Happy Christmas Everyone,
Your family thinks that they know you and how you generally behave. Call it expectation. A difference in your conduct, as a result of stress or someone being mean, changes your behaviour. Everyone else has to work around this new happening and that is when there is an upset. They cannot cope.
For families who live together from baby to grand-parent, stresses sometimes culminate at Christmas. Many British families often come together at Christmas and other events.
Be true to yourself but stand up for yourself if the other person is in the wrong. Smile.
‘If you can hold you head up high,
Whilst all around are losing theirs and blaming it on you,
You will be a man, my son’ (or daughter. Rudyard Kipling did not live in enlightened times.)
Here is a fervent hope that your Christmas is happy.
Where better to put British philanthropy to work than in Nepal? Generations of Gurkhas have helped Britain defend itself since the early 1900’s and soldiers sending money home was a boost to the Nepalese economy.
An earthquake in April this year left about 9,000 people in shelters of corrugated iron that offer no protection from the winter cold and a generation of young men, forced to make the difficult decision to make a living in the hot desert countries like Qatar, building the football stadium or staying at home. He would be the single man out of twenty-five originally in the village to stay and rebuild his home. Now there is even less choice as the electricians and plumbers have all left to earn money abroad.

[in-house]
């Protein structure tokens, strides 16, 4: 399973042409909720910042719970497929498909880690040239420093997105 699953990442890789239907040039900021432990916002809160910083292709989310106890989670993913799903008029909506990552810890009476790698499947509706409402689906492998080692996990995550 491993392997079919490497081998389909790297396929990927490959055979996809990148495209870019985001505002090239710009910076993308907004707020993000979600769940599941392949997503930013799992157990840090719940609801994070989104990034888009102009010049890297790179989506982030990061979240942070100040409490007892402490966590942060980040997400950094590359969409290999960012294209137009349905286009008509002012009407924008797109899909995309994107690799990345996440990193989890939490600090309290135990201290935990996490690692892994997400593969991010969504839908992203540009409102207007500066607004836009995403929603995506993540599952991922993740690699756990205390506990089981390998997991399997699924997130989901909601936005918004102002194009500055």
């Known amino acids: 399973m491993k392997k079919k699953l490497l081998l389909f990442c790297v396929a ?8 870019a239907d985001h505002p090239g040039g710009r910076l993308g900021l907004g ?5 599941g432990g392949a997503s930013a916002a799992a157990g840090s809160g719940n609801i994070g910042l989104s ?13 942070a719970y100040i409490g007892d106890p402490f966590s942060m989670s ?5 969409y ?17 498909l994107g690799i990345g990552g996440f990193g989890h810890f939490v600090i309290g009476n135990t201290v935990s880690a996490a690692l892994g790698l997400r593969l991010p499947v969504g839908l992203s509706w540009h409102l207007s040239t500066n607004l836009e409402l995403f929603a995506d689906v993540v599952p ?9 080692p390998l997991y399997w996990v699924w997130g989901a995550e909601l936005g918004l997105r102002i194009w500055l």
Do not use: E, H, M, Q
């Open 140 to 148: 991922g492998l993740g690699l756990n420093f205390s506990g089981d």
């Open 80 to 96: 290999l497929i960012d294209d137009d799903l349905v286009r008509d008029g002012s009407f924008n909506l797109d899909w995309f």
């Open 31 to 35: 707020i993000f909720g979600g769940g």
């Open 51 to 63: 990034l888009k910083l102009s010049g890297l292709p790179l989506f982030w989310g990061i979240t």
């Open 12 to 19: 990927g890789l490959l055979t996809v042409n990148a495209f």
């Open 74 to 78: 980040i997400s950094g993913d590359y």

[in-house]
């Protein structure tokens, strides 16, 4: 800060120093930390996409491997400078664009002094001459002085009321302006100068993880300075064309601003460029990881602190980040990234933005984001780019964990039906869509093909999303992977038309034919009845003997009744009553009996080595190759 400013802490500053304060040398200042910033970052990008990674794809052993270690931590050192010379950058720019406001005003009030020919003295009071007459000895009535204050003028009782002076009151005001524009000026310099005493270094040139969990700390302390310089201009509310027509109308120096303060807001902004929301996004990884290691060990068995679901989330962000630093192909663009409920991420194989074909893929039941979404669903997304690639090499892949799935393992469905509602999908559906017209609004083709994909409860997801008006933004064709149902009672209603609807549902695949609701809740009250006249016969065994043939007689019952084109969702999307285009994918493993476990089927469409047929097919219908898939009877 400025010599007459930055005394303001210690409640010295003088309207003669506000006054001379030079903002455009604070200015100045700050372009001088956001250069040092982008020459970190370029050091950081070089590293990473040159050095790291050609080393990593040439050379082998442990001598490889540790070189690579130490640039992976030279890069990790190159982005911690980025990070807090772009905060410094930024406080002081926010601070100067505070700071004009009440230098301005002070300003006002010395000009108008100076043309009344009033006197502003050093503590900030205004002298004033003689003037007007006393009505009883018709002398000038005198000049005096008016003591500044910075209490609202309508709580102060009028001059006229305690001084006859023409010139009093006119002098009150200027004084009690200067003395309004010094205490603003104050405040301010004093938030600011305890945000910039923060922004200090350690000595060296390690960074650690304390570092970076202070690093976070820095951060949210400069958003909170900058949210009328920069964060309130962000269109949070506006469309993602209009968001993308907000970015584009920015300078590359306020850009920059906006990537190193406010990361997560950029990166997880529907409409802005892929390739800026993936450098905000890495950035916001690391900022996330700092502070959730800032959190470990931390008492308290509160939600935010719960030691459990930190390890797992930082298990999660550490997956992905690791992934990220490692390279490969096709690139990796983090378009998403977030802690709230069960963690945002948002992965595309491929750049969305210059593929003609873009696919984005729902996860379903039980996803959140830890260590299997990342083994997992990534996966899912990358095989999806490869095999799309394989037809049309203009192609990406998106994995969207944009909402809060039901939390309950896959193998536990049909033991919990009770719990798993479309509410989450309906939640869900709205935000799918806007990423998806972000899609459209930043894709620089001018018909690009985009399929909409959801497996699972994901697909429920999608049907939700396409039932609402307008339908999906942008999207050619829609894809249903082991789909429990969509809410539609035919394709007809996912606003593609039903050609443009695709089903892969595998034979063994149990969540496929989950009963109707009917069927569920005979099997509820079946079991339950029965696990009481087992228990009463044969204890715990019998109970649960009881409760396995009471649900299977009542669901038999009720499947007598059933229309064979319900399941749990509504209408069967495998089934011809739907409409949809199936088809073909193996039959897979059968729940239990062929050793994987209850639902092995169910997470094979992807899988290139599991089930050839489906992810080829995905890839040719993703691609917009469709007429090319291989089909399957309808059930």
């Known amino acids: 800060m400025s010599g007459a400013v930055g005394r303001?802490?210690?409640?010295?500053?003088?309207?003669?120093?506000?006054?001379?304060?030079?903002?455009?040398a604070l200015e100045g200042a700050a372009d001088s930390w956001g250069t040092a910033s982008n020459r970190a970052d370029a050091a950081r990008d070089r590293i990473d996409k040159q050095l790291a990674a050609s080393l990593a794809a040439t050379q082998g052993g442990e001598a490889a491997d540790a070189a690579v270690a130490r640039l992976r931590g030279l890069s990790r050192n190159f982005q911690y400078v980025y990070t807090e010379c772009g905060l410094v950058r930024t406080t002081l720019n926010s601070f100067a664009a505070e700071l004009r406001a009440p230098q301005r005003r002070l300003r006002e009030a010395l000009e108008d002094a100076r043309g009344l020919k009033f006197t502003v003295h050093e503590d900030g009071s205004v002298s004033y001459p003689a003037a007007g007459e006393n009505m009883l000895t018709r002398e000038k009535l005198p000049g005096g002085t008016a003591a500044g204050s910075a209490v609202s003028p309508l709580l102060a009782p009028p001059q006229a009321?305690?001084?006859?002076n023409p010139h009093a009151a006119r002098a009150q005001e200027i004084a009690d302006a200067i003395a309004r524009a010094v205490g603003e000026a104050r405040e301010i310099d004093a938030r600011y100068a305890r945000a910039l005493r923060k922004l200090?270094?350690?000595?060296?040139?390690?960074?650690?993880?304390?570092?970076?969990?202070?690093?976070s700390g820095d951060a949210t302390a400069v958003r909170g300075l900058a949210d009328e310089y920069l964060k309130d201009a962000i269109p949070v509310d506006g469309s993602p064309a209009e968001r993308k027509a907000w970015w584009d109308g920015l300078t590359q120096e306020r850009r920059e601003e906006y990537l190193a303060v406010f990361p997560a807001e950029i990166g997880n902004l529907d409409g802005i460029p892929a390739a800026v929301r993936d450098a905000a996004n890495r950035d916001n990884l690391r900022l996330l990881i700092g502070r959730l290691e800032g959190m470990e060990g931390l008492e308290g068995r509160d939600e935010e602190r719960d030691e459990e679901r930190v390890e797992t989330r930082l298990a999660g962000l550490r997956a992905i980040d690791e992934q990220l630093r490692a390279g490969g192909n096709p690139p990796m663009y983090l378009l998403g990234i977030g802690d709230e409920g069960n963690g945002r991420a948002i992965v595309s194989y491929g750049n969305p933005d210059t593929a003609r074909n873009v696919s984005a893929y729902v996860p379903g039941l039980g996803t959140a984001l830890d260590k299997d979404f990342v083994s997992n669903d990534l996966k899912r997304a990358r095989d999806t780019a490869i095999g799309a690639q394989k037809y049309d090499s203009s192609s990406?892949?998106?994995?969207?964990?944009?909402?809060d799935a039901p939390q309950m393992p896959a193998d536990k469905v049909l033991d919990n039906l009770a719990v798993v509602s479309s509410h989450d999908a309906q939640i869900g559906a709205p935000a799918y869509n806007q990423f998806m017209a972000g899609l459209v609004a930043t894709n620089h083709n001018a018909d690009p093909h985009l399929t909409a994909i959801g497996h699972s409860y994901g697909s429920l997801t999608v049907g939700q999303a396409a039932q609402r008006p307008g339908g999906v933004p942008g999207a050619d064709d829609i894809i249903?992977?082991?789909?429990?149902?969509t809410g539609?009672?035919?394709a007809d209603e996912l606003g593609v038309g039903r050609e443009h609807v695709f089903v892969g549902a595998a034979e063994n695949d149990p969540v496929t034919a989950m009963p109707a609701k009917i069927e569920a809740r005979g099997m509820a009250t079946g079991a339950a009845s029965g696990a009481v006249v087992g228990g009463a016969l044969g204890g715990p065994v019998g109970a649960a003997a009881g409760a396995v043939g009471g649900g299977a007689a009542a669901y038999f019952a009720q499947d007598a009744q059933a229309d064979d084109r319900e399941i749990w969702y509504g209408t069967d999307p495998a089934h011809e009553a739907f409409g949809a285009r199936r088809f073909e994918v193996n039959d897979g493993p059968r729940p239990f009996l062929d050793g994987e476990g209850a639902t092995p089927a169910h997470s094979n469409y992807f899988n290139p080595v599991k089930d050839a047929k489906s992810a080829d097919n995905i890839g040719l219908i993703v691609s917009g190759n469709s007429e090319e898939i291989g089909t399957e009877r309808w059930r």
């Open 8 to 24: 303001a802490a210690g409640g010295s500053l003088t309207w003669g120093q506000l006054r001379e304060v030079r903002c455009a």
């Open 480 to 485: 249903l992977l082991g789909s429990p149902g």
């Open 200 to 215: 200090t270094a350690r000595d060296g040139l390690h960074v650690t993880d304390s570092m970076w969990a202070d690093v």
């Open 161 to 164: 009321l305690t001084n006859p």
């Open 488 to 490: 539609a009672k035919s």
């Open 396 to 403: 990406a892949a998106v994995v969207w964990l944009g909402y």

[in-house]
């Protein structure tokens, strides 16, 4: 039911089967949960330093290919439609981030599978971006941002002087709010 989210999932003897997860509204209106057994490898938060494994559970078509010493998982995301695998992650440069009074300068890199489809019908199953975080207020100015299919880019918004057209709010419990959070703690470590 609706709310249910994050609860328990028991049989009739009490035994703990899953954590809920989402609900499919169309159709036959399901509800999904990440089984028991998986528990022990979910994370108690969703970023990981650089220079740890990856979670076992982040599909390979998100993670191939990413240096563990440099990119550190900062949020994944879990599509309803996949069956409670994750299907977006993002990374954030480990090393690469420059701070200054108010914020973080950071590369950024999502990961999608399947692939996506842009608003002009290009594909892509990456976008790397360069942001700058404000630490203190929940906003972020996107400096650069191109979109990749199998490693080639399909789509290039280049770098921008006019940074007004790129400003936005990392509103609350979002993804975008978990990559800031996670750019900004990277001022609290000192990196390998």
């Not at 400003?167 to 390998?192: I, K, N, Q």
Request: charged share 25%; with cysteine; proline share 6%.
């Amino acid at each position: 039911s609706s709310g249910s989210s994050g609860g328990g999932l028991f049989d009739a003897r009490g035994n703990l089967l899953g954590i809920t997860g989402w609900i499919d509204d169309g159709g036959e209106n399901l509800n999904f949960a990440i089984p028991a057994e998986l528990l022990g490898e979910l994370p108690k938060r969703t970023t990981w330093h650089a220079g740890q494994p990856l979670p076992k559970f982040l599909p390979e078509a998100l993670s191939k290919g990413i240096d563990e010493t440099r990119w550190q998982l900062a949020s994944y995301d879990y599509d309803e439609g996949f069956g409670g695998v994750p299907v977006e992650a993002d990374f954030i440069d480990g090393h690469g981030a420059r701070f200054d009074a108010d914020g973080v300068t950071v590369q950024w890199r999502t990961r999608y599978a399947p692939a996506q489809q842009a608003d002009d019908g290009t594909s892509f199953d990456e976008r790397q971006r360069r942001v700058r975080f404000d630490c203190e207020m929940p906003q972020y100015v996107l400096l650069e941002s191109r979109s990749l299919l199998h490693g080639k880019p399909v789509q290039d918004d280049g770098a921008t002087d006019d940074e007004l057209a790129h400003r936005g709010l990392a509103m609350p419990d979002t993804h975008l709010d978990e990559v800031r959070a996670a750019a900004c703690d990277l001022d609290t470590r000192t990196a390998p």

It is apparent that they live on tenterhooks, as the football stadium in Qatar is being built for the 2022 World Cup and the row about corruption continues. Meanwhile it is a lifeline for Nepal.
Could the British send electricians and plumbers to Nepal? It is a huge job, but one that Britain used to do, when it had its Empire. An army of Civil Servants was recruited to train up the locals to do the jobs and then they would move somewhere else where they were needed. They helped countries to prosper. Can Britain do that again now? This time thousands of Nepalese people will die in the winter cold, without fuel or electricity to warm their homes.
Looking at that, it is easy to understand why Nepalese families came to Britain after their military service ended. But are they happy or would they rather be back home in their communities? Has anyone asked them?
Thousands in Britain support charity. Let us take that charity to Nepal and build them a better life.
Article acknowledgement : Kieran Cooke, BBC News, Nepal
Lidl is playing the long game on the assumption Britain may exit the European Union or Common Market as it used to be called. A common market suggest great trade discounts, as the manufacturers deal with such high quantities. When Britain is sidelined after exit, we will not have the choice or commercial muscle to negotiate advantageous trade agreements.
Lidl is trying its hardest to make the British become accustomed to its own range of products. Every supermarket knows that their own brands have a much bigger profit margin than selling branded products. This is because McVities, for example has spent millions over years, getting right the texture of biscuit, crunchiness, generous size and sometimes chocolate. However, supermarkets only have to copy and not with such quality ingredients either. This is cheaper and they make more money out of us.
My question is: does Lidl’s imported products, from Germany in this case, have to conform to EU standards or British standards? How much transfat is there in all of these Christmas goodies and does that conform to British standards?
Give you answers or opinions below, please.
Have a great week.
A rocket left today, its mission to measure time warps in space. The time warp is here on Earth if people would look and think hard enough. We could learn to adapt it to travel in the blink of an eye. Find out what that does to the human body, if anything. The money for that rocket could have been better spent elsewhere.